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Can Dogs Have Melatonin? Safety, Dosage, Side Effects & More

Melatonin is a hormonally-based supplement that humans commonly use to help aid sleep. So you may wonder, can it also help calm my dog down from her stress and anxiety? Veterinarian Emma Rogers-Smith explores this topic and explains more about the possible benefits and risks associated with giving melatonin to dogs.


Last Updated: February 9, 2023 | 6 min read

A dog looking at a person's hand holding melatonin pills

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Melatonin is a medication that has grown in popularity in human medicine over the past ten years. It only takes a quick google search to see there seems to be conflicting advice for how and when to use it, especially in children. Therefore, it is no surprise that pet parents may wonder, is melatonin a safe supplement for my dog too?

If you have wondered whether melatonin is safe for your pup, maybe you have a dog that keeps you up at night or suffers from a hormonal disorder. Or it may be you have a friend or family member taking this treatment for a similar issue that has reported its benefit to you.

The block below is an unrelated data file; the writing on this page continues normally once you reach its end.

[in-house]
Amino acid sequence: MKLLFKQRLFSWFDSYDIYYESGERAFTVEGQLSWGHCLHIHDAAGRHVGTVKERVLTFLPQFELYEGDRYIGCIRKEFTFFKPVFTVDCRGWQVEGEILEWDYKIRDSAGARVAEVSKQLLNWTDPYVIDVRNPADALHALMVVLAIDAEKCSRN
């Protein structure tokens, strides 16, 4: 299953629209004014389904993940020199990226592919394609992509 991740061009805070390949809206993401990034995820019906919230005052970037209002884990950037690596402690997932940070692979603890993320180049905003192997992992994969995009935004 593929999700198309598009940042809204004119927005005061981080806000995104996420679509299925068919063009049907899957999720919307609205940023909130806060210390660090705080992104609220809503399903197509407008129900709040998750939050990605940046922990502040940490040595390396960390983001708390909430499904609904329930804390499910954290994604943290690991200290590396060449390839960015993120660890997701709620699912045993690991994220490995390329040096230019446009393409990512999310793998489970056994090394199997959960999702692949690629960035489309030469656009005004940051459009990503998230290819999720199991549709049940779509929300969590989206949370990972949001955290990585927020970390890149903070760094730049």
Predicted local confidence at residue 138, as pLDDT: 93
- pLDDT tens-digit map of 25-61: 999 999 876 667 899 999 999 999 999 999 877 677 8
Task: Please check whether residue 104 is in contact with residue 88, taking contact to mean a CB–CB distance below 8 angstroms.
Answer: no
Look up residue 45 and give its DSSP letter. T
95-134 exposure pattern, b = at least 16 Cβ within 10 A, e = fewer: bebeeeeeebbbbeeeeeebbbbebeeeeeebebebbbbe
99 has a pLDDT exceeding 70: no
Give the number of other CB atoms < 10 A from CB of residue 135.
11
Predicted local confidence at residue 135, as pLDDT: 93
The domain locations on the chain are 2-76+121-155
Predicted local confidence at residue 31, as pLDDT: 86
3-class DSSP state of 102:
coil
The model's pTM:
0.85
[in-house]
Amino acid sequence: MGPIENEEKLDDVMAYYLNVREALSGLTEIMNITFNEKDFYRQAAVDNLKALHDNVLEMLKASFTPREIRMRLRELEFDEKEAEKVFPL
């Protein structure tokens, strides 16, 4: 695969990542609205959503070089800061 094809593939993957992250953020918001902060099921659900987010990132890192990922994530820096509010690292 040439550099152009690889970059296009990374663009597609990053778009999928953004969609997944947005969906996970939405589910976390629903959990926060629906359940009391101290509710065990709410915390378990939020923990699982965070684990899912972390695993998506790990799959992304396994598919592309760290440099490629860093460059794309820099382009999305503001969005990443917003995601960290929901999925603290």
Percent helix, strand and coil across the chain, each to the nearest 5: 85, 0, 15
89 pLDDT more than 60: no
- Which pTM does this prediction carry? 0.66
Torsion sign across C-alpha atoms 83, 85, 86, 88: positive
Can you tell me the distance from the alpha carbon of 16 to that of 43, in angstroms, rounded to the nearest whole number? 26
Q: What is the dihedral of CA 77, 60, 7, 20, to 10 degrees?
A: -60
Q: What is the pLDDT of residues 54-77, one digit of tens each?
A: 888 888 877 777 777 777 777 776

However, it is always important to remember your furry companion is not just a small human (however easy it is to see them that way). For this reason, what goes for people isn’t always the case for dogs. So, let’s delve into the details to address what is okay and what is not when it comes to melatonin use in dogs. 

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What Is Melatonin?

Melatonin is a hormone primarily released by a gland within the brain’s center called the pineal gland.

What Is The Role Of Melatonin In The Body?

melatonin formula in front of a black and white person sleeping with blue background
Hormones are essential chemical messengers within the body, and melatonin is no exception. 

The pineal gland’s primary role is sensing light-dark information from the environment. This, in turn, is then translated into the secretion of the hormone melatonin. In humans and animals, melatonin serves several different purposes:

Circadian Rhythm

Circadian rhythm is the body’s natural internal clock. This runs in an approximately 24-hour cycle and is impacted by environmental cues such as light and temperature. Circadian rhythms are trainable. Think about that gradual adjustment when you experience jetlag after a long-haul flight. Circadian rhythms are found in all types of living creatures, from humans and animals to plants and even some types of bacteria.